Octogenarian saxophonist Charlie Mariano has spent a lifetime blurring boundaries. One of the few remaining witnesses of the bebop era, he has spent the early part of his career in that arena. In the mid-'60s he began experimenting with fusion, recording arguably his best work in that genre with bassist Eberhard Weber's groundbreaking Colours band in the '70s. Throughout he has had a passion for music of other cultures, spending time in India learning the nadhaswaram, a South Indian wind instrument. His immersion in Indian culture is well-documented on the '83 ECM recording Jyothi
. In recent years, however, he has become more associated with the mainstream, although his broader interests never seem to be far away. With Not Quite a Ballad
he marks another achievement'a recording with a concert orchestra'and the result combines the expected with an element of pure surprise.
Along with the Wurtzburger Philharmonic, under the direction of conductor Jonathan Seers, Mariano is supported by New on the Corner, a trio consisting of pianist Bernard Pichl, double-bassist Rudi Engel and drummer Bill Elgart. While both the orchestra and the trio deliver everything that is expected of them and more, this is really Mariano's show and he is understandably front and centre for its majority.
An adaptation of Albinoni's "Adagio" is a fitting introduction, reflecting Mariano's Italian roots. Another classical reworking, that of the aria "Vesti la Giubba" from Leoncavallo's I, Pagliacci , demonstrates how Mariano can deliver an interpretation that is dramatic without being melodramatic. His rich tone and invention permeate both pieces. The orchestration is lush without being cloying; sentimental without being syrupy.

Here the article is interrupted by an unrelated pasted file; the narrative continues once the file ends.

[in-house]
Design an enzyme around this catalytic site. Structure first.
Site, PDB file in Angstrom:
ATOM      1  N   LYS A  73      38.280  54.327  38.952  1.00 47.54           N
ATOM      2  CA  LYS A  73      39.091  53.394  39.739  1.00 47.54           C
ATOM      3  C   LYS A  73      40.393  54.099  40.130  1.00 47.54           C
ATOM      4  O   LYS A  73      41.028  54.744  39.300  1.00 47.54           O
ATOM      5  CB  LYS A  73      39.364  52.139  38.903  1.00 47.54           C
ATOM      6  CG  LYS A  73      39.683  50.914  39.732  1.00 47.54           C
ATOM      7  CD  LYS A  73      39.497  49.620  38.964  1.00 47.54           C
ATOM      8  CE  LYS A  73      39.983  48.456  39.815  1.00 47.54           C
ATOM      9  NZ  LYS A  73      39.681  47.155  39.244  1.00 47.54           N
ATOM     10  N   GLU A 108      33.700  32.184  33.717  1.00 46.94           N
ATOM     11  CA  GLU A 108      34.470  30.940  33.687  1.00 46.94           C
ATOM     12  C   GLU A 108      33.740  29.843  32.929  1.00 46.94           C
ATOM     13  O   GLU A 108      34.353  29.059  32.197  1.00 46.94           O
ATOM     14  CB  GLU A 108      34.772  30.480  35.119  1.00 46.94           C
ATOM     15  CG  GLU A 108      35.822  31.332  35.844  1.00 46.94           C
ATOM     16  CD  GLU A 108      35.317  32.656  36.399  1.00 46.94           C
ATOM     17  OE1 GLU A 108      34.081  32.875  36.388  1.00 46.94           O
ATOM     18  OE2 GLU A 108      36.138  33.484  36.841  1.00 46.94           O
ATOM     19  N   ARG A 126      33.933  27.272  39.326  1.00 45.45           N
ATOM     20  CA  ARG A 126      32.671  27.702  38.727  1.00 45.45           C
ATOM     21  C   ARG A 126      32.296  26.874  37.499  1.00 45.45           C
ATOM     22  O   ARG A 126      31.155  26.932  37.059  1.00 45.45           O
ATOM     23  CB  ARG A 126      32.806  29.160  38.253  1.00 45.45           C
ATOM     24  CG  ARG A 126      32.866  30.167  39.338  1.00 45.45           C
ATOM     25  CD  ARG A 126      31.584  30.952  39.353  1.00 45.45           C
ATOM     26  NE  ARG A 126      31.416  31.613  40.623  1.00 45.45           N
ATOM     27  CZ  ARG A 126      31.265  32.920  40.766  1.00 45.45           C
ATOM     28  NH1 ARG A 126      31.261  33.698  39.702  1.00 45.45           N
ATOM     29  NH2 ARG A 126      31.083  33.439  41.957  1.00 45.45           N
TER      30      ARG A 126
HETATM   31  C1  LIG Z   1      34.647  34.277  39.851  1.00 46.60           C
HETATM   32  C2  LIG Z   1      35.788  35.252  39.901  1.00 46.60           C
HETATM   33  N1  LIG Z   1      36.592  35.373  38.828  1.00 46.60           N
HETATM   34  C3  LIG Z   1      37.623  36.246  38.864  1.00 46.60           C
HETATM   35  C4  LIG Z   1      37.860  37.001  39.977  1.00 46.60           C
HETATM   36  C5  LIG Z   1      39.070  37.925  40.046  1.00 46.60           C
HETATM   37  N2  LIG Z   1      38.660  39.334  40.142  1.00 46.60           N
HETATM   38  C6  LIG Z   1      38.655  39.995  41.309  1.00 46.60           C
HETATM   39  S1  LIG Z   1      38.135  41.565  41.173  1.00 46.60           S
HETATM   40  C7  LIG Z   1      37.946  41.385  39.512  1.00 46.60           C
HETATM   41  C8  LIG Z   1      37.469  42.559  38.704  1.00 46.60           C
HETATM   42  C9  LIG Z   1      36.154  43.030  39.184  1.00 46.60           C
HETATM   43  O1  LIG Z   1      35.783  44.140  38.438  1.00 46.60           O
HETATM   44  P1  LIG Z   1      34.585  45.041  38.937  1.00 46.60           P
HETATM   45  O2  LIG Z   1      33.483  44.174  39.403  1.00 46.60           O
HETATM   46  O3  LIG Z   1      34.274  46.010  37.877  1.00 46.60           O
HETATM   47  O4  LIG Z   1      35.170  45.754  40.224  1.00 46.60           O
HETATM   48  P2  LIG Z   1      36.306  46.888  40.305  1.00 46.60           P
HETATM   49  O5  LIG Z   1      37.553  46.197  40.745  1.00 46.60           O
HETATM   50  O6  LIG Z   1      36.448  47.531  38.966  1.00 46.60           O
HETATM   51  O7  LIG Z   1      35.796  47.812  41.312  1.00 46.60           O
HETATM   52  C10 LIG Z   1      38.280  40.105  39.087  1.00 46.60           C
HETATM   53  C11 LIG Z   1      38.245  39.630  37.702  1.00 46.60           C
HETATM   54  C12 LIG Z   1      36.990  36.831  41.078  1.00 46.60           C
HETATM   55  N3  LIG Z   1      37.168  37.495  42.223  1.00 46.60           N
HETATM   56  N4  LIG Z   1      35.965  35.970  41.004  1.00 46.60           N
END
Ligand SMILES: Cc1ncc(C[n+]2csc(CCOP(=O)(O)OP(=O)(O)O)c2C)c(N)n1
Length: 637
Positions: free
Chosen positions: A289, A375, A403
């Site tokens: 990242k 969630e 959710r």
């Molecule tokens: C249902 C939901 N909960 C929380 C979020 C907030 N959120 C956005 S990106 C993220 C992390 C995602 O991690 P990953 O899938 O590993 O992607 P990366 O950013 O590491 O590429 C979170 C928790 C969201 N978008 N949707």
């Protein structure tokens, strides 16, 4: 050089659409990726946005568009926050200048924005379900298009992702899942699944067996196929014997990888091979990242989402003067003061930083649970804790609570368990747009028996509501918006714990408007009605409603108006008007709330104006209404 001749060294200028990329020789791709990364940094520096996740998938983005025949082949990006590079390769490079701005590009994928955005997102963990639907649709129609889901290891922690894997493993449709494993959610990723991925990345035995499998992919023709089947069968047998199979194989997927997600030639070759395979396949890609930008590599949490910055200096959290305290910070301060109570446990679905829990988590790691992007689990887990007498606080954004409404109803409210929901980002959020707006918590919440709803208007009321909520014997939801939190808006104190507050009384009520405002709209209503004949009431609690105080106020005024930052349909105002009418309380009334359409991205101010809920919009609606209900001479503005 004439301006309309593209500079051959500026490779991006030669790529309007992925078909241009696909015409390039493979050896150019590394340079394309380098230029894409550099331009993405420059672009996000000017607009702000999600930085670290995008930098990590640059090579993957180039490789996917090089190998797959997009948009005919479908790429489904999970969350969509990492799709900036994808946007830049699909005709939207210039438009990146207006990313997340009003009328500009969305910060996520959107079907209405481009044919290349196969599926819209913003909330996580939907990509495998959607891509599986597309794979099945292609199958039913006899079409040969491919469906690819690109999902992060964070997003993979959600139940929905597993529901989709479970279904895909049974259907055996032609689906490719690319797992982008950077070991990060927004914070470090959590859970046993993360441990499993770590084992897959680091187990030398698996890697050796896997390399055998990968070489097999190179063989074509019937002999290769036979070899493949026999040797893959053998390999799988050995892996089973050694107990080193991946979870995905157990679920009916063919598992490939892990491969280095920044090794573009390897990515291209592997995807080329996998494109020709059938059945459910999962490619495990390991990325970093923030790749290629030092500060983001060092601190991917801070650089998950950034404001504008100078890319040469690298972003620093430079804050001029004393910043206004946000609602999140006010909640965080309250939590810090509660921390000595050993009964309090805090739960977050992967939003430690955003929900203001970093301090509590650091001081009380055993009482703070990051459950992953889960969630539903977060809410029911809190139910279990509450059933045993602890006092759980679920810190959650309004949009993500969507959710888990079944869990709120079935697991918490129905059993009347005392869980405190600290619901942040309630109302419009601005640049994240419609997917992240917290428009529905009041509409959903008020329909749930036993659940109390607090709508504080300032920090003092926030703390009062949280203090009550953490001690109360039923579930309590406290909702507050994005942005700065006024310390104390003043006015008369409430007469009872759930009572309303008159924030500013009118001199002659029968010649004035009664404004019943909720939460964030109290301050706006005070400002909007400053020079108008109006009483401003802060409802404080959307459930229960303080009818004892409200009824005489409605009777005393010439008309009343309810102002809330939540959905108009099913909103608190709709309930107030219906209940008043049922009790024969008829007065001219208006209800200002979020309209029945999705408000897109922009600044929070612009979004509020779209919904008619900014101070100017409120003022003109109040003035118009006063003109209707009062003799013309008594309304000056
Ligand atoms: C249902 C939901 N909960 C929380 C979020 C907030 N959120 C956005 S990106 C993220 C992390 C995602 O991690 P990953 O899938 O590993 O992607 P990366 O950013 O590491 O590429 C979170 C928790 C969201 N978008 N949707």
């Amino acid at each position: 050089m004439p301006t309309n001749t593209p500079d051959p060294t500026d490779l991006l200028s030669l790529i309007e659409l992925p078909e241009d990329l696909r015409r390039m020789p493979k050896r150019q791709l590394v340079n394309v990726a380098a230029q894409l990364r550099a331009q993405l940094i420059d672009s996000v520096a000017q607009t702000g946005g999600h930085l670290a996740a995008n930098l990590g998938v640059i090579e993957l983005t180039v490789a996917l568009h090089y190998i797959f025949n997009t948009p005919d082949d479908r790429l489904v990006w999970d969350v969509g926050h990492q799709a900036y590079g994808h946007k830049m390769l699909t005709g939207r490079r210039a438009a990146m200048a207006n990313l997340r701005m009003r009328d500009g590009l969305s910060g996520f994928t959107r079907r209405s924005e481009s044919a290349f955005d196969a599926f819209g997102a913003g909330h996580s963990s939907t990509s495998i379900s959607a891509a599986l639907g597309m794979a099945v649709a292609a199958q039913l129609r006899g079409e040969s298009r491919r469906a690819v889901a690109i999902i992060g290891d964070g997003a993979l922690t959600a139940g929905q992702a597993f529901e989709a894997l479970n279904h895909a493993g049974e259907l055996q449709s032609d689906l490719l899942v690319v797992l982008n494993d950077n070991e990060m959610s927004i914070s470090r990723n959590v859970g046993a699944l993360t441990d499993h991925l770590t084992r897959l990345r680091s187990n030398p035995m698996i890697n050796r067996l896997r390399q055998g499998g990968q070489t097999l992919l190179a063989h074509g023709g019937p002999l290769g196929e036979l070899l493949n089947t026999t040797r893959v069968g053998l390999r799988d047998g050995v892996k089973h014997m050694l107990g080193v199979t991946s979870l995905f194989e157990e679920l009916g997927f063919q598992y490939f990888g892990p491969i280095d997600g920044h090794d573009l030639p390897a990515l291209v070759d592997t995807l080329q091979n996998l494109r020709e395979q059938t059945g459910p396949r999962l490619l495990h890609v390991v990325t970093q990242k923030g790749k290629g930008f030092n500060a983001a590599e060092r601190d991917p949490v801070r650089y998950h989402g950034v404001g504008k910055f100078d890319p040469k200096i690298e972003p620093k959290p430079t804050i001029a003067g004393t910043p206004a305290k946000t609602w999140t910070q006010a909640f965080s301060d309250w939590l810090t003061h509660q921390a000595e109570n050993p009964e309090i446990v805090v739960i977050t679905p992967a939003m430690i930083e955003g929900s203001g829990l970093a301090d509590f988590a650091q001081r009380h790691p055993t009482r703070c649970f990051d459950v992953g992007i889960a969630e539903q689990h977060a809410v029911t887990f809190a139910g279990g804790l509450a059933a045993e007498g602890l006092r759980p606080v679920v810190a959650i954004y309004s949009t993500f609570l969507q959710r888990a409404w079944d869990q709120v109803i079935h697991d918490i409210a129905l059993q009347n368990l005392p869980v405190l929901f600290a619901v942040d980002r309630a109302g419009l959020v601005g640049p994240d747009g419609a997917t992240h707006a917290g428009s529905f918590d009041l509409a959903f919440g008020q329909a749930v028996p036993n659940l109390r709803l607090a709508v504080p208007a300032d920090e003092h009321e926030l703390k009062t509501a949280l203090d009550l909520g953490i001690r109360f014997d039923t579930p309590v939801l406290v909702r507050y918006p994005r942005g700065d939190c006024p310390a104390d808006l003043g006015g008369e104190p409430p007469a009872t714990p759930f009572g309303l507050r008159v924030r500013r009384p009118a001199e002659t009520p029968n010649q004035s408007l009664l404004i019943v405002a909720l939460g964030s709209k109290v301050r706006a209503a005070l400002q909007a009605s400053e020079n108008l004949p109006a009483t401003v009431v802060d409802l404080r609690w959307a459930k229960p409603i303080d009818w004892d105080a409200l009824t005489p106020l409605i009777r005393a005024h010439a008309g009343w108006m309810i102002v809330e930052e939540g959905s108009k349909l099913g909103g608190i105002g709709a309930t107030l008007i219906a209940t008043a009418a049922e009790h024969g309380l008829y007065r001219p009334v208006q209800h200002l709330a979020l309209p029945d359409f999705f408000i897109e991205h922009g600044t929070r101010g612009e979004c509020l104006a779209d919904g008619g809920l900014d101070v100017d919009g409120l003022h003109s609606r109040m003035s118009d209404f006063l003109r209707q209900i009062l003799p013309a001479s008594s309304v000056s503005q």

Four pieces for Mariano with New on the Corner alone highlight Mariano's sense of adventure, even within a mainstream context. The title track is aptly named; the melody would lend itself to being a ballad if it weren't for the more medium-tempo swing of the rhythm section. Mariano's tone is strong and expressive; age seems to be doing nothing to diminish his power.
The highlight of the album is clearly Indian composer Ramamani's "Yagapriya," where the orchestra comfortably navigates the microtonal nature of Indian music. The first half is a free improvisation, or tampura, by Mariano over the orchestra's changing "bordun" form; the second, in 7/4 time, is structured around a single scale, but Peter Fulda's orchestration again creates a broad sense of drama that is exhilarating without being overstated.
The marriage of jazz soloists and orchestras can be risky. The inherent structure required of the orchestra can detract from the spirited improvisational nature of the soloist. Thankfully, in this case, Mariano and orchestrator Fulda understand the intentions and requirements of both soloist and orchestra, creating an amalgam which successfully brings out the strengths of both. Not Quite a Ballad is another high point in Mariano's career; a recording that shows that, even though he is in his 80s, he is as vital and exhuberant as ever.
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